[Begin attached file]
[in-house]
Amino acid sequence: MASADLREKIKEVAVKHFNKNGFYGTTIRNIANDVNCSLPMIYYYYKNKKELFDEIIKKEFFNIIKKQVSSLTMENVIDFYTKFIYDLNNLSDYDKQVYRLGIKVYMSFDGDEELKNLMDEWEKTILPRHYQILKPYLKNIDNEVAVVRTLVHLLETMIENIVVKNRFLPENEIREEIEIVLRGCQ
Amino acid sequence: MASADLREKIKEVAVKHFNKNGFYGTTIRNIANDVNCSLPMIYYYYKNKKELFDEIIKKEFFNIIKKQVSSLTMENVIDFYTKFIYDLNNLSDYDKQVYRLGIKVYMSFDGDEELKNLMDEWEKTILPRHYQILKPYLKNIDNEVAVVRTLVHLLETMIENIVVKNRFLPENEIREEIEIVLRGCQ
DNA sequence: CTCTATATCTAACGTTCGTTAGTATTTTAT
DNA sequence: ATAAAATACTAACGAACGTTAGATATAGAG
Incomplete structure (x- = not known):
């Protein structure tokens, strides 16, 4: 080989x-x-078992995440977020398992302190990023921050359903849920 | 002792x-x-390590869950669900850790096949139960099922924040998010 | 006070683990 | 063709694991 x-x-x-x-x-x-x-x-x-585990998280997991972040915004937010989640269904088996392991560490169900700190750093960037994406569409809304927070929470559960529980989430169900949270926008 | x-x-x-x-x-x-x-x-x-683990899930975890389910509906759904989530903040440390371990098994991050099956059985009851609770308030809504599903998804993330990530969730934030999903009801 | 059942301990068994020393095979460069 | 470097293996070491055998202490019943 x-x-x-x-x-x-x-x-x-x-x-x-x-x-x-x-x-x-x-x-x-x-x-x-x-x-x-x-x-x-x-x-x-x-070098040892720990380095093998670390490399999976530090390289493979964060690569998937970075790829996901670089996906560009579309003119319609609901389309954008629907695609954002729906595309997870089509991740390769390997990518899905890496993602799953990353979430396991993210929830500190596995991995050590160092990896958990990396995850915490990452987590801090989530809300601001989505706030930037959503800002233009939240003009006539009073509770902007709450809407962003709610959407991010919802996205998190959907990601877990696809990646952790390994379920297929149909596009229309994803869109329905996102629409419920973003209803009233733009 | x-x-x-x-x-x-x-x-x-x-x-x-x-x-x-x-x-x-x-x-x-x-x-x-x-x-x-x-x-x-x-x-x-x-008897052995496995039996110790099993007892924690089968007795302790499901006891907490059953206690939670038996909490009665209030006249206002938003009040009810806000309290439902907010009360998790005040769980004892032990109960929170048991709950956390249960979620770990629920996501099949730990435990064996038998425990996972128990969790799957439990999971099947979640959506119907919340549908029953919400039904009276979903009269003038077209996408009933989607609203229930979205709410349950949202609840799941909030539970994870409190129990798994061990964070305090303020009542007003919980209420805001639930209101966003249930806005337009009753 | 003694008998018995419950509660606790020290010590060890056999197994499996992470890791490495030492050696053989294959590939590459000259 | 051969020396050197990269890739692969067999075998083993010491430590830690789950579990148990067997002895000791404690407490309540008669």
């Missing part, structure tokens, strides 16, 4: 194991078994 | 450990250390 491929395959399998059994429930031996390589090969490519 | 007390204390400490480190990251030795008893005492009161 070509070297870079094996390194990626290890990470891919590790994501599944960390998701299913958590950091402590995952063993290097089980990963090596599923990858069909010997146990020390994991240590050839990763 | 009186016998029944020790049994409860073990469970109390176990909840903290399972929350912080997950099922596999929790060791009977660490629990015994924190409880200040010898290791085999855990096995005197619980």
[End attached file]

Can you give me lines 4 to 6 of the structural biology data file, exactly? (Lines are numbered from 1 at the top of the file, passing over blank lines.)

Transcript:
DNA sequence: CTCTATATCTAACGTTCGTTAGTATTTTAT
DNA sequence: ATAAAATACTAACGAACGTTAGATATAGAG
Incomplete structure (x- = not known):